The Republican bill would reauthorize funding for federal transportation programs that are otherwise set to expire early next year. The GOP bill would extend them for another five years. By drawing on federal oil and gas royalties as a source of funding, the measure also would fill a gap between revenue collected from a federal gasoline tax for the national highway trust fund and the cost of nationwide transportation projects.

“It will help support long-term job growth, lower energy prices for families and small businesses and provide resources quickly for our highest-priority infrastructure projects,” Boehner said today.

Rep. Doc Hastings, R-Wash., the House Natural Resources Committee chairman who authored the Arctic refuge drilling proposal, said the entire package would do away with “numerous government roadblocks and barriers that stand in the way of U.S. energy development.”

Hastings cast the bill as a job-creator:

“These measures will not only create new energy jobs, but will generate significant federal revenue that can help pay for infrastructure improvements, thereby creating even more jobs.”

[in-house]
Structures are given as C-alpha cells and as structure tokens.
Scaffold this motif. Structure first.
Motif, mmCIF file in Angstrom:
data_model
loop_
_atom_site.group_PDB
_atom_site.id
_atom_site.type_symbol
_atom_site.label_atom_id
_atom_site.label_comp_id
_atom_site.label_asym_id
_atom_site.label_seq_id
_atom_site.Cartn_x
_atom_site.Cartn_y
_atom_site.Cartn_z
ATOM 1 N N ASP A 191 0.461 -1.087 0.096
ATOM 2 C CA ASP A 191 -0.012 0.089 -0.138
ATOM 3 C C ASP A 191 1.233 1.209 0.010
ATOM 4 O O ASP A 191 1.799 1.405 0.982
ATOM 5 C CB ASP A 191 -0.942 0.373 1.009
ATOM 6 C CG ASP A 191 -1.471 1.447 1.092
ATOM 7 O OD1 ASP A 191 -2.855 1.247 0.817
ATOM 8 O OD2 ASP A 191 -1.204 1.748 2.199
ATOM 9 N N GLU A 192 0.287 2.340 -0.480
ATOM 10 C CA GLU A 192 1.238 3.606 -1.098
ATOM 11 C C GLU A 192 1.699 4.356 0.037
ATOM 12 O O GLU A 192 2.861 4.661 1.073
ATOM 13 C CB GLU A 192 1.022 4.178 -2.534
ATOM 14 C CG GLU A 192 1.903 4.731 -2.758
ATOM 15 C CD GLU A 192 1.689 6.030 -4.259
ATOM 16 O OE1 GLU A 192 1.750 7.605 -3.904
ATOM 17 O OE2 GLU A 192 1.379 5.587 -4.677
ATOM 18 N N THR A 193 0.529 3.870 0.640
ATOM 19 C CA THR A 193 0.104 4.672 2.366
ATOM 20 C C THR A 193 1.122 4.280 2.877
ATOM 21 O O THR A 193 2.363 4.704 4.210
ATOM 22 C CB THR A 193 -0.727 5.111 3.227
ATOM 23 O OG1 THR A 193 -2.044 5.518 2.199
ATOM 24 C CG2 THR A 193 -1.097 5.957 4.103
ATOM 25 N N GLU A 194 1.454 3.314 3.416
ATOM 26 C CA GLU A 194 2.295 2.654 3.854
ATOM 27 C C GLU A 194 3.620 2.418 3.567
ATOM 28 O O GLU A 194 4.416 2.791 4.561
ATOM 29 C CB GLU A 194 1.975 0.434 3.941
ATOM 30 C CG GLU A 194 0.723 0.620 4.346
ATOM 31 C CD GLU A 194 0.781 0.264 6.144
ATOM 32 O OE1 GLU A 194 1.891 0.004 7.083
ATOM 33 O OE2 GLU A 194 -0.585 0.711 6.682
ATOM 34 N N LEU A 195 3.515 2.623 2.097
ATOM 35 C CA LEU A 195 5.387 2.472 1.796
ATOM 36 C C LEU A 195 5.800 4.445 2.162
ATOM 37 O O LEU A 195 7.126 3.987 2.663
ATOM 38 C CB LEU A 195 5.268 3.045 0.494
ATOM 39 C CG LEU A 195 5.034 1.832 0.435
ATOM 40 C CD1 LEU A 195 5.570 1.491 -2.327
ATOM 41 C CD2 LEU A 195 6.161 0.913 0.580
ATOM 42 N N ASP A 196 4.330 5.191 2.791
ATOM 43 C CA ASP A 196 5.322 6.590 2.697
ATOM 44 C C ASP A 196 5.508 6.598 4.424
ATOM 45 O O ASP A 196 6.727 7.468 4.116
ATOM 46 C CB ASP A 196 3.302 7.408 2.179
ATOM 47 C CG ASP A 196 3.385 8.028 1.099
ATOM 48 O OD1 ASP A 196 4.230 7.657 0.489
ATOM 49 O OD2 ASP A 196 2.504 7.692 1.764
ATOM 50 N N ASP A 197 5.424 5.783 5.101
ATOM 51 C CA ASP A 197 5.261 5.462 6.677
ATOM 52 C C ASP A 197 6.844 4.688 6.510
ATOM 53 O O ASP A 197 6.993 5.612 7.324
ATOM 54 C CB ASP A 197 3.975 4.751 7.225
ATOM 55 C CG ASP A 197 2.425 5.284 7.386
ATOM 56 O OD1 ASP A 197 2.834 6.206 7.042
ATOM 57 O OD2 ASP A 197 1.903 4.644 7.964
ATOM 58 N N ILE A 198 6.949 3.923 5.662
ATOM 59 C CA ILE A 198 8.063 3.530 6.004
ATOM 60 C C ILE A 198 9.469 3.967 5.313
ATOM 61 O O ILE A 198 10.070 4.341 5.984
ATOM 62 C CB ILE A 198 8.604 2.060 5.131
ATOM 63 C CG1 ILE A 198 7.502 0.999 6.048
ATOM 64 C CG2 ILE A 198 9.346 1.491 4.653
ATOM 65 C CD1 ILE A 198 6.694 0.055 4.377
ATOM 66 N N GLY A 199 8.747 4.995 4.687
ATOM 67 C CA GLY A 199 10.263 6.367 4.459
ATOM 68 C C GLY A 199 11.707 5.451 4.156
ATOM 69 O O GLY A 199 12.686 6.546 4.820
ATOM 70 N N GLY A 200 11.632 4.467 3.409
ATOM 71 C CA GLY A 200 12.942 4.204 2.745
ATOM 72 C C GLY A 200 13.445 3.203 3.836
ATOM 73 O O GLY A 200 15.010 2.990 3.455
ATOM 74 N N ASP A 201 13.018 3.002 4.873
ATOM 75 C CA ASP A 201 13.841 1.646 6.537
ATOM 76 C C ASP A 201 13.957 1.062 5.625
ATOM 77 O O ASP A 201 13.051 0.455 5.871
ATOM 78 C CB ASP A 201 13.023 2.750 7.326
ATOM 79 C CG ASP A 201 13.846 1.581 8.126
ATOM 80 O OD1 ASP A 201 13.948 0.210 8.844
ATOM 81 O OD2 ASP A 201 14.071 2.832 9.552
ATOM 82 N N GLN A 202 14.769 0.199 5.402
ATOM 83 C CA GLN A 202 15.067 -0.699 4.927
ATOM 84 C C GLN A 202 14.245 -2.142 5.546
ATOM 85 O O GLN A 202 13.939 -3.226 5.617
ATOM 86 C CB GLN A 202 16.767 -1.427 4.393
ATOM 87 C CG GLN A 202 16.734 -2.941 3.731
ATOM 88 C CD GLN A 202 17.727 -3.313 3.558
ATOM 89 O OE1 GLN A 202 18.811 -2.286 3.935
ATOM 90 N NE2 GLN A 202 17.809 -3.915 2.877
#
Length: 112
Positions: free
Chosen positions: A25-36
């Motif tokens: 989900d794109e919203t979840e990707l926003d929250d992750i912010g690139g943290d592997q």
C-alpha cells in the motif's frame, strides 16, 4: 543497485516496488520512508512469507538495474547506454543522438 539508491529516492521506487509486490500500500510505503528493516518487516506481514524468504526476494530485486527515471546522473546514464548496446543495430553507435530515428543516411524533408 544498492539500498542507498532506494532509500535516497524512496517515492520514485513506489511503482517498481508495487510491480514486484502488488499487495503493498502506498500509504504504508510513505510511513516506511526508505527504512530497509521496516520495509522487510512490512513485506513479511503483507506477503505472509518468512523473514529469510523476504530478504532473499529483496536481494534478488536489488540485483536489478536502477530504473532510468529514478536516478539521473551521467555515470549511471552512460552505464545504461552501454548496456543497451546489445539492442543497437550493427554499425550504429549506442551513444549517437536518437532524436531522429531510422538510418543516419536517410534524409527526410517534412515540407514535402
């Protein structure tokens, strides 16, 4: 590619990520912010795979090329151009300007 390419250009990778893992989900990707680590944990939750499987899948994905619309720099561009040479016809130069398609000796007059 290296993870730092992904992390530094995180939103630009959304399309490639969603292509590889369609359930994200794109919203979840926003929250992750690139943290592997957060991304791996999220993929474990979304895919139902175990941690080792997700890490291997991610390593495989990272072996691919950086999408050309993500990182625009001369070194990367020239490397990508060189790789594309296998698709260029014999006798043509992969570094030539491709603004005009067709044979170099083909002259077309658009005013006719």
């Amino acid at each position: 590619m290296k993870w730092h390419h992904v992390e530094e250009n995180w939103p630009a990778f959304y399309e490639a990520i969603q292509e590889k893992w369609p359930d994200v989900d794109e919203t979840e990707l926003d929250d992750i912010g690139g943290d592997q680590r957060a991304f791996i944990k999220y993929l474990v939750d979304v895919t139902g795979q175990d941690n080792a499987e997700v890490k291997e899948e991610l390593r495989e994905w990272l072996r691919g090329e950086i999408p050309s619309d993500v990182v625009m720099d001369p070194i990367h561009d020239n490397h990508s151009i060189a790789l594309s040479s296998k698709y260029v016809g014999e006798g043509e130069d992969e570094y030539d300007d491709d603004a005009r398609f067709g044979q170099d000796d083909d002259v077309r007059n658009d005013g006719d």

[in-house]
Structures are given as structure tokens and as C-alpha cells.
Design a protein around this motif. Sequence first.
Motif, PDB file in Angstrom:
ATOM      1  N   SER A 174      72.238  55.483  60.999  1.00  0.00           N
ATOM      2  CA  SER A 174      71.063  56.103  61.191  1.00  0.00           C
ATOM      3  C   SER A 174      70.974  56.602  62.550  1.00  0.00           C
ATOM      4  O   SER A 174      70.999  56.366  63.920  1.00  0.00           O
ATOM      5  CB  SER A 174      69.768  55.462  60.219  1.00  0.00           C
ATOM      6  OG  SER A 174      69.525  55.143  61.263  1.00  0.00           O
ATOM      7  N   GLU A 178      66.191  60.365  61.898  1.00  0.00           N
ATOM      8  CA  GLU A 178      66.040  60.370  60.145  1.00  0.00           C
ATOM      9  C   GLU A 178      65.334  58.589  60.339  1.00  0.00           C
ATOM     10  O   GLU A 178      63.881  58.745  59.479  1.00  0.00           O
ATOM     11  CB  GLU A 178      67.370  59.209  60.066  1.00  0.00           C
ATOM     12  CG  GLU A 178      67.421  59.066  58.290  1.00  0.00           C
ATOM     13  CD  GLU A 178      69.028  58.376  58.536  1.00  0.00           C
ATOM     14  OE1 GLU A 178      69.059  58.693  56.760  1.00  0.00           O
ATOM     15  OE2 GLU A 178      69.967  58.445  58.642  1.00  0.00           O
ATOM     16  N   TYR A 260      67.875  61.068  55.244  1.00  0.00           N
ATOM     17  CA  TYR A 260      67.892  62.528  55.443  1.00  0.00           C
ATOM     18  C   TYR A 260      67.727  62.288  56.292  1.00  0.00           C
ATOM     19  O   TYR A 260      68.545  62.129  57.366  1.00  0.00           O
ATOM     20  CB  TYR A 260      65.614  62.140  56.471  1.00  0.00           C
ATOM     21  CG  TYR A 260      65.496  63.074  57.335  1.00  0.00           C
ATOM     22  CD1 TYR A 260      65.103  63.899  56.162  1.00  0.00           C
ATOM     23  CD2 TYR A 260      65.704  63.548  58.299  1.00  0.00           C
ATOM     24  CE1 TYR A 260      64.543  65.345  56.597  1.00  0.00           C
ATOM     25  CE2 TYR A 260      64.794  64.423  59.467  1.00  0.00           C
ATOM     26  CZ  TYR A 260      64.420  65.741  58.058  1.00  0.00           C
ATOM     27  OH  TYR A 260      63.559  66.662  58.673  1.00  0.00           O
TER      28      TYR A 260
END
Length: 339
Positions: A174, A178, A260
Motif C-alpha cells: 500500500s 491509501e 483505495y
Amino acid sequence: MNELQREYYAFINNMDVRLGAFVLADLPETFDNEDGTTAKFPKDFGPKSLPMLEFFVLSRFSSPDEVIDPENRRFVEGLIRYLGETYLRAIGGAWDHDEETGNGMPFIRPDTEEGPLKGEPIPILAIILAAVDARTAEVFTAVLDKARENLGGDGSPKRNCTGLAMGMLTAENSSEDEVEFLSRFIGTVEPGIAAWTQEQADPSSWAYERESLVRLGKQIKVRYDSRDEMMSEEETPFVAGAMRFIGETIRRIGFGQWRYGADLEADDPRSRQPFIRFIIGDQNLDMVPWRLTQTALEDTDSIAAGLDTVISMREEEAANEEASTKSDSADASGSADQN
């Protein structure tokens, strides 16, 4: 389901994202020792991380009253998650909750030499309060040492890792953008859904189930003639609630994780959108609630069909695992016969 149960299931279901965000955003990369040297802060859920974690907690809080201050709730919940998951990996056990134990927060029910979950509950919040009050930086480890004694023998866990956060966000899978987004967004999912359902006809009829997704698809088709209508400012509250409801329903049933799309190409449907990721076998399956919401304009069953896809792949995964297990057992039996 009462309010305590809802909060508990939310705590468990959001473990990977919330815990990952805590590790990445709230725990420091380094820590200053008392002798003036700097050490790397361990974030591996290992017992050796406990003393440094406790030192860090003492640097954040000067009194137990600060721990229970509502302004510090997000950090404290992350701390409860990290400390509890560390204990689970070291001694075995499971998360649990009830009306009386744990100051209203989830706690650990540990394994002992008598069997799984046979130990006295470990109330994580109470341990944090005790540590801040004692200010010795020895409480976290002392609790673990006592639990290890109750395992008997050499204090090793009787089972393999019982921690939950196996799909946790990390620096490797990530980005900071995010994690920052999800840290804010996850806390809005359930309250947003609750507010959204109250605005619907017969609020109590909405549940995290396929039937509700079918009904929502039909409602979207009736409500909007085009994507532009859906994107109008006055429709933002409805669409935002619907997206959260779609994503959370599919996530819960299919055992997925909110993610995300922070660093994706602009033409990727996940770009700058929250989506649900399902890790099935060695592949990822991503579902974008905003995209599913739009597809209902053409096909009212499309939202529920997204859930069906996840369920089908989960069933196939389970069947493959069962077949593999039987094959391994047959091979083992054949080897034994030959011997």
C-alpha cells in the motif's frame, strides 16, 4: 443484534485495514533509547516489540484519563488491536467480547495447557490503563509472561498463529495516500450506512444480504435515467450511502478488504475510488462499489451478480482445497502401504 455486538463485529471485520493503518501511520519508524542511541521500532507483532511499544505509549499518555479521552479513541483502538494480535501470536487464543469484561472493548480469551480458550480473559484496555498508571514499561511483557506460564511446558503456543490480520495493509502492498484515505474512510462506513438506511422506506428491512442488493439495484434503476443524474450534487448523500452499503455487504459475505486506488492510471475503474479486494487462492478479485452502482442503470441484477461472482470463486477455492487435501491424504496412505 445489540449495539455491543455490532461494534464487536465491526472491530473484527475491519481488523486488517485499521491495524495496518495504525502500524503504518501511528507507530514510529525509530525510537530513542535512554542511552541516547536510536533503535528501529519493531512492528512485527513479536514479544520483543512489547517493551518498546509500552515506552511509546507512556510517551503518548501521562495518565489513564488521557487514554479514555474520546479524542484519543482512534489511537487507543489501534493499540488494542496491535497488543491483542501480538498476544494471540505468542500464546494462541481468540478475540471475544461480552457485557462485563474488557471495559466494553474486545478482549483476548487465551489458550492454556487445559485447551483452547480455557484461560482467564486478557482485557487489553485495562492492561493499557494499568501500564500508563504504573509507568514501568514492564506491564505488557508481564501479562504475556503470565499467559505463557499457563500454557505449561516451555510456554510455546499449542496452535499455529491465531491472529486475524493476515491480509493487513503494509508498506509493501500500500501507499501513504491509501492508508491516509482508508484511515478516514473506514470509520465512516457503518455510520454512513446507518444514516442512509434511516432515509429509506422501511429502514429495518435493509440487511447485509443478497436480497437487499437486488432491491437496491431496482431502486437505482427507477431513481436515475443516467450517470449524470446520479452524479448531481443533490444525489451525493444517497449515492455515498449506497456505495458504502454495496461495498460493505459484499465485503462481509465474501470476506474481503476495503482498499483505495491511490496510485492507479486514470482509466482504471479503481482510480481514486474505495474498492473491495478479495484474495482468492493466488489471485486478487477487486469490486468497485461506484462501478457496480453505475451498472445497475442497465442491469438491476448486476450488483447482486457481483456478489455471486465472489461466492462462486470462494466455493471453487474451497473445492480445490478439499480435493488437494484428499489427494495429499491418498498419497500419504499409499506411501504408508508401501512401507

But Democratic lawmakers criticized Republicans for pushing controversial drilling proposals as a way of paying for transportation spending. Sen. Barbara Boxer, D-Calif., the head of the Senate Environment and Public Works Committee that has advanced an alternative highway bill, said the House GOP leaders’ approach threatens to capsize the legislation.

“We need to pay for the surface transportation bill in a way that is not contentious and does not threaten jobs,” Boxer said. “The proposal by Republican leadership would mire a very popular surface transportation bill in controversy, and it would directly threaten many thousands of fishing, tourism and recreation-related jobs.”

House Minority Leader Nancy Pelosi, D-Calif., complained that the Republicans had no “real details on the level of investment or how they intend to pay for their bill.”